Are “Hobbies and Interests” the Most Crucial Part of a Resume?
A recent study by Northwestern University’s Kellogg School of Management published in the American Psychological Review has made some fascinating findings about hiring for cultural fit.
The study confirmed what most of us have probably suspected for some time: Employers are hiring people who are not only competent, but who are also culturally similar to existing employees in terms of leisure pursuits, social experience and self-presentation style—and that these criteria often outweighed concerns about the candidate’s likely productivity level.
On the face of it the study findings seem to sit well with earlier research into hiring for cultural fit by Leadership IQ (covered here in Top 5 Reasons New Hires Fail ). This research showed that lack of cultural fit accounted for over 80 percent of new hires failures. So, the employers in the Northwestern study, in hiring for cultural fit, are arguably adopting best practice, aren’t they?
But, a closer look shows there is a schism between the two studies, and that is based around the criteria that are actually used to assess cultural fit. For example, the Leadership IQ study assesses cultural fit on job-related criteria, such as coachability, emotional quotient, motivation and temperament. The managers in the Northwestern study were looking at non-work related criteria, such as hobbies and interests and social experiences, as presented on their resume along with their style of self presentation.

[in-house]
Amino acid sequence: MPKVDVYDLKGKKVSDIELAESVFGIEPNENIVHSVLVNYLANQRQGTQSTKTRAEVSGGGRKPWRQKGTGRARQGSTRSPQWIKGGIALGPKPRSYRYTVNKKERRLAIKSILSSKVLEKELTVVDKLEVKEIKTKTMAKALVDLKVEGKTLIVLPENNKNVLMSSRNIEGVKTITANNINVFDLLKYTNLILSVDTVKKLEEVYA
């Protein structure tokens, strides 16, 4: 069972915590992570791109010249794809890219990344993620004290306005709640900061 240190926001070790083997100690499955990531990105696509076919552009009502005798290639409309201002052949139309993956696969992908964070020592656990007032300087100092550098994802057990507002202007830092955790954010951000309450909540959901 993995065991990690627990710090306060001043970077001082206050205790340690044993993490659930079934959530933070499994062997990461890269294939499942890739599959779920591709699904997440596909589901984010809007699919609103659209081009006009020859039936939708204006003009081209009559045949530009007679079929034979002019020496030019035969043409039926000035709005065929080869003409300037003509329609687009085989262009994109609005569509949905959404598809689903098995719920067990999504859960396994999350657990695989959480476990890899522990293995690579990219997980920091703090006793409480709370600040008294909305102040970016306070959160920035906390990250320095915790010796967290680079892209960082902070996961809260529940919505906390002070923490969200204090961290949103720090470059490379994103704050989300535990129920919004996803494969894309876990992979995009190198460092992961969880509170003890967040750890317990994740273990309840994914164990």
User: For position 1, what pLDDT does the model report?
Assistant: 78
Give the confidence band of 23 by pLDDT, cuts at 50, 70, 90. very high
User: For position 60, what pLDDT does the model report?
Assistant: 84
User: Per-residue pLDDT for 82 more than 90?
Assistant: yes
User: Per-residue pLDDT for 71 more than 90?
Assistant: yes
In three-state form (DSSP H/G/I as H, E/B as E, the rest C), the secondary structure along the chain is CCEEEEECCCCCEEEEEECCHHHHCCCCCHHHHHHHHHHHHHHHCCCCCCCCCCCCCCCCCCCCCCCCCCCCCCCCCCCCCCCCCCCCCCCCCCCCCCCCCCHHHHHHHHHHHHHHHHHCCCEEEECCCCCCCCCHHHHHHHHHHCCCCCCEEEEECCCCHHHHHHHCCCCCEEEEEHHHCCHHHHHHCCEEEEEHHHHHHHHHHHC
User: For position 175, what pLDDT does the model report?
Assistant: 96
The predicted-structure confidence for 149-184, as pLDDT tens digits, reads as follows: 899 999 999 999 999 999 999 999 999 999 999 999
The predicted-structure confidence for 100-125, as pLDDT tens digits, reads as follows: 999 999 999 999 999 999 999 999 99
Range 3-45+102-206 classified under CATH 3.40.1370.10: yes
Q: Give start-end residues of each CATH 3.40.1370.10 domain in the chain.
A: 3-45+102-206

Are Hobbies and Interests the Most Crucial Part of a Resume?
This means that hobbies and interests may, rightly or wrongly, be a far more influential factor in a resume than perhaps the level of degree or quality of work experience, or perhaps some of the more scientifically tested cultural fit criteria like coachability and EQ from the Leadership IQ study. It seems that the lowly, “Hobbies and Interests” section, usually consigned to a dusty paragraph at the bottom of the resume, may rightly or wrongly be the most crucial part of the resume.
Before, going too far with this, I need to qualify this study by pointing out that the study was focused on law firms, management consulting firms and investment firms and this narrow focus should be considered before applying more broadly. But, even so the findings are interesting and I would be surprised if this phenomenon was totally confined to these sectors.
The study findings have both implications for candidates and hiring managers.
How should candidates respond?
Candidates should be acutely aware that some employers may be assessing their hobbies and interests on their resume as a sign of cultural fit. And, ideally, candidates should then be both researching roles carefully and applying for companies and departments where they have a good fit in terms of hobbies and interests but also making sure to include a detailed hobbies and interests section in their resume. Of course, you can’t always apply to companies where you have great cultural fit in terms of hobbies and interests, and in these circumstances you might consider excluding these details as it might work against you.
What About Hiring Managers and Recruiters?
From the employer side, be cautious in using hobbies and interests as the main indicator of cultural fit as while they may be relevant to job success in some way, other cultural fit factors, such as coachability, EQ and temperament, have been shown to be a better indicator of future job success. And arguably, cultural fit hiring assessment should be based on these more robust job-related criteria.